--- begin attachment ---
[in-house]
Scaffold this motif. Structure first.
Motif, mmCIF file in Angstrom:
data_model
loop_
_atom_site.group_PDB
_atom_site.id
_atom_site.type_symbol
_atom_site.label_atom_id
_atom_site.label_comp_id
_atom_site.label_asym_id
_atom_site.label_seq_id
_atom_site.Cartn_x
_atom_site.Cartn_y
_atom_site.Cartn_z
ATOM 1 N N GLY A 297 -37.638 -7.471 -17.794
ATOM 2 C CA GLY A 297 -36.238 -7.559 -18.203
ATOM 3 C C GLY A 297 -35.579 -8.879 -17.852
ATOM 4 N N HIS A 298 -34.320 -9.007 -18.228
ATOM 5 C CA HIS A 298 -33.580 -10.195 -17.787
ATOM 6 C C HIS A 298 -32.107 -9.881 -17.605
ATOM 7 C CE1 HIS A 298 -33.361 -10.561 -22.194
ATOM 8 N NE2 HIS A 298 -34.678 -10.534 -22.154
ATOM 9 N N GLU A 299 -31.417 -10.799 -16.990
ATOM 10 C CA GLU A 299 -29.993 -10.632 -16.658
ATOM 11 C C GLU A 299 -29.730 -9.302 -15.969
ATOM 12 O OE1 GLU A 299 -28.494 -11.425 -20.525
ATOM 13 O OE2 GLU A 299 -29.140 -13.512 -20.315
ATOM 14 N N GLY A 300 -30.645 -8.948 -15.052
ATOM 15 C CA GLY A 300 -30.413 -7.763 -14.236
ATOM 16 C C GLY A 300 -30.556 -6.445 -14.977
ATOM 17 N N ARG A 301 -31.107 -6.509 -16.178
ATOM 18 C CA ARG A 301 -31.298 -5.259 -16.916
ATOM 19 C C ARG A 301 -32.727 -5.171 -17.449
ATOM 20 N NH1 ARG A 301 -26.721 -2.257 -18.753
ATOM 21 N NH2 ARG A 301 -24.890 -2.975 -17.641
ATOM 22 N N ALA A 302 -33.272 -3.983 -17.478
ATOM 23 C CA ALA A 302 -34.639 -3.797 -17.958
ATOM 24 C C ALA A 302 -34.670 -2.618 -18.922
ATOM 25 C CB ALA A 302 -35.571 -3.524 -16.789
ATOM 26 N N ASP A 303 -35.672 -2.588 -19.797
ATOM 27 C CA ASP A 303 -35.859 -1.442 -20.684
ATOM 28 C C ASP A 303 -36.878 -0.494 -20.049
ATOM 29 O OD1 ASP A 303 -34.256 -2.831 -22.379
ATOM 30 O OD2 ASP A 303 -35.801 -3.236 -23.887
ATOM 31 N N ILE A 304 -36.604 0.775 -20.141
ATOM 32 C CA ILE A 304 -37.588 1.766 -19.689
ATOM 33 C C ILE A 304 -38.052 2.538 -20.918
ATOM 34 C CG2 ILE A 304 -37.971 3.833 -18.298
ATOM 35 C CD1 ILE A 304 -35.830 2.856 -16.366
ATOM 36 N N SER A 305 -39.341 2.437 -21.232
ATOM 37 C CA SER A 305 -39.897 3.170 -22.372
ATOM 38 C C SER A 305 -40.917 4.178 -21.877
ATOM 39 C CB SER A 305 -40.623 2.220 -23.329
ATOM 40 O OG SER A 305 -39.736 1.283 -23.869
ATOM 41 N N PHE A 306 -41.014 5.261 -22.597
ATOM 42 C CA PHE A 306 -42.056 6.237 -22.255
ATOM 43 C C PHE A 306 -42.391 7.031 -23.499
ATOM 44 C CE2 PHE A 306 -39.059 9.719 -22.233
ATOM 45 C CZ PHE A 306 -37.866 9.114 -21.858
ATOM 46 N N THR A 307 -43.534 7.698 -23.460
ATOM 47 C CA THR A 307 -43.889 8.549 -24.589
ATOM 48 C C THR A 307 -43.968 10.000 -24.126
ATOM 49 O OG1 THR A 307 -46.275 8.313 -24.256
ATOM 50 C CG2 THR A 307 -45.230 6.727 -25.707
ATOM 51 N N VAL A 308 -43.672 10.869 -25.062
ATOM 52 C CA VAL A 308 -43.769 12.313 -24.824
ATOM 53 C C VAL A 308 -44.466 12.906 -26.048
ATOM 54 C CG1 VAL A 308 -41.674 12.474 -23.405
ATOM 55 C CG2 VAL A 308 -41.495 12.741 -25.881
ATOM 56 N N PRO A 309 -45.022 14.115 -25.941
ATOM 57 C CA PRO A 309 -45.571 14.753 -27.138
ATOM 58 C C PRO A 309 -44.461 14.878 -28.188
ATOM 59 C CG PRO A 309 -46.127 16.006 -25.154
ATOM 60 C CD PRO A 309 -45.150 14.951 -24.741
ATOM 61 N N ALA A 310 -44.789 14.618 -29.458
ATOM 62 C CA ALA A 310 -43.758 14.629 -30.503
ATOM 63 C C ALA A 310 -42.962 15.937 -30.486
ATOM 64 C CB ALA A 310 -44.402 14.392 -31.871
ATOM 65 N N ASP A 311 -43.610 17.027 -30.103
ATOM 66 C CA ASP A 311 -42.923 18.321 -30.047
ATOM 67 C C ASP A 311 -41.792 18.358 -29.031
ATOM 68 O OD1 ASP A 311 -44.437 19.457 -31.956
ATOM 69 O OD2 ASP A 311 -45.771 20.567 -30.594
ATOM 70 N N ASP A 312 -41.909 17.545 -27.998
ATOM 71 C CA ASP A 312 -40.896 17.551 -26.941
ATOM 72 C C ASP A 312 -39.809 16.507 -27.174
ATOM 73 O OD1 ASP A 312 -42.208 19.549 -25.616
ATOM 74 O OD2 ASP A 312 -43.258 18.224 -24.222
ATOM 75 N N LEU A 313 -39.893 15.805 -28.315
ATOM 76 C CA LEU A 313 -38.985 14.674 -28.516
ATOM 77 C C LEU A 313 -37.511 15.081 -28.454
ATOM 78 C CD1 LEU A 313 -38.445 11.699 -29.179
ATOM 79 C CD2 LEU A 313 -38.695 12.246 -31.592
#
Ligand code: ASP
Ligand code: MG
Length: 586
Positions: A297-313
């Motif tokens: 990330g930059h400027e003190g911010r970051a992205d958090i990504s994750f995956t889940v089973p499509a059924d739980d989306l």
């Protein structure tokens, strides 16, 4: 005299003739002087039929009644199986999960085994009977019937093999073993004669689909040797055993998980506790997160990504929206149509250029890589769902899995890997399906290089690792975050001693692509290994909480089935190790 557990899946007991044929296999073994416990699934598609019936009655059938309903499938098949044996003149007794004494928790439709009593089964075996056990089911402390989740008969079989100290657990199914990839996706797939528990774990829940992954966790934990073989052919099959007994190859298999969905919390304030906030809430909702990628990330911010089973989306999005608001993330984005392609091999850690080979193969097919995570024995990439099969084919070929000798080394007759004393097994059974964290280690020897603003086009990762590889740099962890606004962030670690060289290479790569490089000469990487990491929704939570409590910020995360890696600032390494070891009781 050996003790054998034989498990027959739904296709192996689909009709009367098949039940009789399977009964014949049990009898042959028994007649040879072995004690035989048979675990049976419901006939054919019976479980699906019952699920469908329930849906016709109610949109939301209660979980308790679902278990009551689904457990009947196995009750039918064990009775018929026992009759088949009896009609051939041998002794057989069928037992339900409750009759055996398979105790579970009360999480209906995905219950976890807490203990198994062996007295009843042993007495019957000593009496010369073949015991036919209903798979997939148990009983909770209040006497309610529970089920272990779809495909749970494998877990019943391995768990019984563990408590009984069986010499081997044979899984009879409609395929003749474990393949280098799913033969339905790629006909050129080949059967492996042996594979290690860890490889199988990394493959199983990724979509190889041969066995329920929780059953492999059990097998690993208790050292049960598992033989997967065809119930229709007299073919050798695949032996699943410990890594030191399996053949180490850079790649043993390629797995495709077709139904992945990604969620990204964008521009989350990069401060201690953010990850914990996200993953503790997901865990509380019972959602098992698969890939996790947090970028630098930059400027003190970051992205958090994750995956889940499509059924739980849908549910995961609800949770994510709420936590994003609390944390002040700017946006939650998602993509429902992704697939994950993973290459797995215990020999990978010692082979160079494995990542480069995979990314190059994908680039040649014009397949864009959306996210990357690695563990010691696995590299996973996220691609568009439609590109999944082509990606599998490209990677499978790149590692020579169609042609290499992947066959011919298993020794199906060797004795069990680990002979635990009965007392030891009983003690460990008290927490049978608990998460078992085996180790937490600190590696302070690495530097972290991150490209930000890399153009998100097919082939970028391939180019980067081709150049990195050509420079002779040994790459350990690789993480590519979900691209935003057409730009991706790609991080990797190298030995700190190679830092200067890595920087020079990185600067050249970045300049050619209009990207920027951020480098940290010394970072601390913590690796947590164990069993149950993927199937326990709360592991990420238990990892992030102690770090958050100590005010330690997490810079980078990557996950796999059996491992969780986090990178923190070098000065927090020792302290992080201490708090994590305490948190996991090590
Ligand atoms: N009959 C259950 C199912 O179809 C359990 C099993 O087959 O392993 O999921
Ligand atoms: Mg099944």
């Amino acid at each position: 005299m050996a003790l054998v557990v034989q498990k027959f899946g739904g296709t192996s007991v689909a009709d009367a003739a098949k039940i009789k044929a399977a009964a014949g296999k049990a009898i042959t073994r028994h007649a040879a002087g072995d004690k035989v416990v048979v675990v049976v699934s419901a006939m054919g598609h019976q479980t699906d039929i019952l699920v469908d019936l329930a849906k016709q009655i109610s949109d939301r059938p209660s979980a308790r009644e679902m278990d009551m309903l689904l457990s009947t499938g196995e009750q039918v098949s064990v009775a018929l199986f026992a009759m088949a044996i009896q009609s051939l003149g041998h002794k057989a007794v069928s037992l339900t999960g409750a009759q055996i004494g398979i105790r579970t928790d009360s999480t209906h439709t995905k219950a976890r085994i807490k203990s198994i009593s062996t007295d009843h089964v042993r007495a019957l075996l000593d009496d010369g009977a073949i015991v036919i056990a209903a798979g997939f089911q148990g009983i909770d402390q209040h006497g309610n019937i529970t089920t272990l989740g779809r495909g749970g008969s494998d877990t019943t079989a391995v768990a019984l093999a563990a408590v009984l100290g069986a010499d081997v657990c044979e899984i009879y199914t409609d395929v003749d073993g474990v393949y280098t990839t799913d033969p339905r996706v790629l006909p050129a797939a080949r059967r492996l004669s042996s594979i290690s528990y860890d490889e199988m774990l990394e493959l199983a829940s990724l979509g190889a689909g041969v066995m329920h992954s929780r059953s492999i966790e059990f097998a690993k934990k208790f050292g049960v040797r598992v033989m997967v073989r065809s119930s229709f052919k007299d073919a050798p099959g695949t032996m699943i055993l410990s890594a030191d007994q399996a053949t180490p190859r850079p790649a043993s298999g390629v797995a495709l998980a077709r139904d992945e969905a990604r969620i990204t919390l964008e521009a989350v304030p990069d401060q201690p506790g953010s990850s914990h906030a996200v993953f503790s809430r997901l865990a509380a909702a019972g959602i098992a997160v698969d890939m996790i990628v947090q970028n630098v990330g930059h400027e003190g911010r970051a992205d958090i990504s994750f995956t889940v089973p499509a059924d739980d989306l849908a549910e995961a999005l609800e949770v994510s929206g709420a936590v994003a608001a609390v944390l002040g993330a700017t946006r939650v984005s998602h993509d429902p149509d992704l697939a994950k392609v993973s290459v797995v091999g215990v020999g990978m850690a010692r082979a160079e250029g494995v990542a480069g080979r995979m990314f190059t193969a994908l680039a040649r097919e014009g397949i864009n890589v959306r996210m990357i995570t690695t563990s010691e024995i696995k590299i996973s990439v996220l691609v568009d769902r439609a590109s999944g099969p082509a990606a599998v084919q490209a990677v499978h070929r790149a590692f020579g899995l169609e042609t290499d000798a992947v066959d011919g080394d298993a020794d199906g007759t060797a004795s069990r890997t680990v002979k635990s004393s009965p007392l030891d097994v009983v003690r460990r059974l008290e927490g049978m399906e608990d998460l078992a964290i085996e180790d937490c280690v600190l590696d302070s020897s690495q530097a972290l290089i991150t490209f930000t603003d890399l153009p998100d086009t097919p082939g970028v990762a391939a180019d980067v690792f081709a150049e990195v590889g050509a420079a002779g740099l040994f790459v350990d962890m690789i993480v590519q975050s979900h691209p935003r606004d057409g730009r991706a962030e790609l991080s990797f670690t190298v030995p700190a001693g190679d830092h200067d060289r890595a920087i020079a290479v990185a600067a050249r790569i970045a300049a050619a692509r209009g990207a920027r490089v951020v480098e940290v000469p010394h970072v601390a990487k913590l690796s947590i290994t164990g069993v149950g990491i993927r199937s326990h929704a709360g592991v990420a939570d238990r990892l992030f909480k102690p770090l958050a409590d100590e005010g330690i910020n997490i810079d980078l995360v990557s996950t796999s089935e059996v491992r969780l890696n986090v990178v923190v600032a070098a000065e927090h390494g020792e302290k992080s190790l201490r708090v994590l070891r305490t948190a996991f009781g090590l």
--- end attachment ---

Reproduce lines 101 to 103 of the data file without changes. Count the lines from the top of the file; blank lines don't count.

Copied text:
């Protein structure tokens, strides 16, 4: 005299003739002087039929009644199986999960085994009977019937093999073993004669689909040797055993998980506790997160990504929206149509250029890589769902899995890997399906290089690792975050001693692509290994909480089935190790 557990899946007991044929296999073994416990699934598609019936009655059938309903499938098949044996003149007794004494928790439709009593089964075996056990089911402390989740008969079989100290657990199914990839996706797939528990774990829940992954966790934990073989052919099959007994190859298999969905919390304030906030809430909702990628990330911010089973989306999005608001993330984005392609091999850690080979193969097919995570024995990439099969084919070929000798080394007759004393097994059974964290280690020897603003086009990762590889740099962890606004962030670690060289290479790569490089000469990487990491929704939570409590910020995360890696600032390494070891009781 050996003790054998034989498990027959739904296709192996689909009709009367098949039940009789399977009964014949049990009898042959028994007649040879072995004690035989048979675990049976419901006939054919019976479980699906019952699920469908329930849906016709109610949109939301209660979980308790679902278990009551689904457990009947196995009750039918064990009775018929026992009759088949009896009609051939041998002794057989069928037992339900409750009759055996398979105790579970009360999480209906995905219950976890807490203990198994062996007295009843042993007495019957000593009496010369073949015991036919209903798979997939148990009983909770209040006497309610529970089920272990779809495909749970494998877990019943391995768990019984563990408590009984069986010499081997044979899984009879409609395929003749474990393949280098799913033969339905790629006909050129080949059967492996042996594979290690860890490889199988990394493959199983990724979509190889041969066995329920929780059953492999059990097998690993208790050292049960598992033989997967065809119930229709007299073919050798695949032996699943410990890594030191399996053949180490850079790649043993390629797995495709077709139904992945990604969620990204964008521009989350990069401060201690953010990850914990996200993953503790997901865990509380019972959602098992698969890939996790947090970028630098930059400027003190970051992205958090994750995956889940499509059924739980849908549910995961609800949770994510709420936590994003609390944390002040700017946006939650998602993509429902992704697939994950993973290459797995215990020999990978010692082979160079494995990542480069995979990314190059994908680039040649014009397949864009959306996210990357690695563990010691696995590299996973996220691609568009439609590109999944082509990606599998490209990677499978790149590692020579169609042609290499992947066959011919298993020794199906060797004795069990680990002979635990009965007392030891009983003690460990008290927490049978608990998460078992085996180790937490600190590696302070690495530097972290991150490209930000890399153009998100097919082939970028391939180019980067081709150049990195050509420079002779040994790459350990690789993480590519979900691209935003057409730009991706790609991080990797190298030995700190190679830092200067890595920087020079990185600067050249970045300049050619209009990207920027951020480098940290010394970072601390913590690796947590164990069993149950993927199937326990709360592991990420238990990892992030102690770090958050100590005010330690997490810079980078990557996950796999059996491992969780986090990178923190070098000065927090020792302290992080201490708090994590305490948190996991090590
Ligand atoms: N009959 C259950 C199912 O179809 C359990 C099993 O087959 O392993 O999921
Ligand atoms: Mg099944």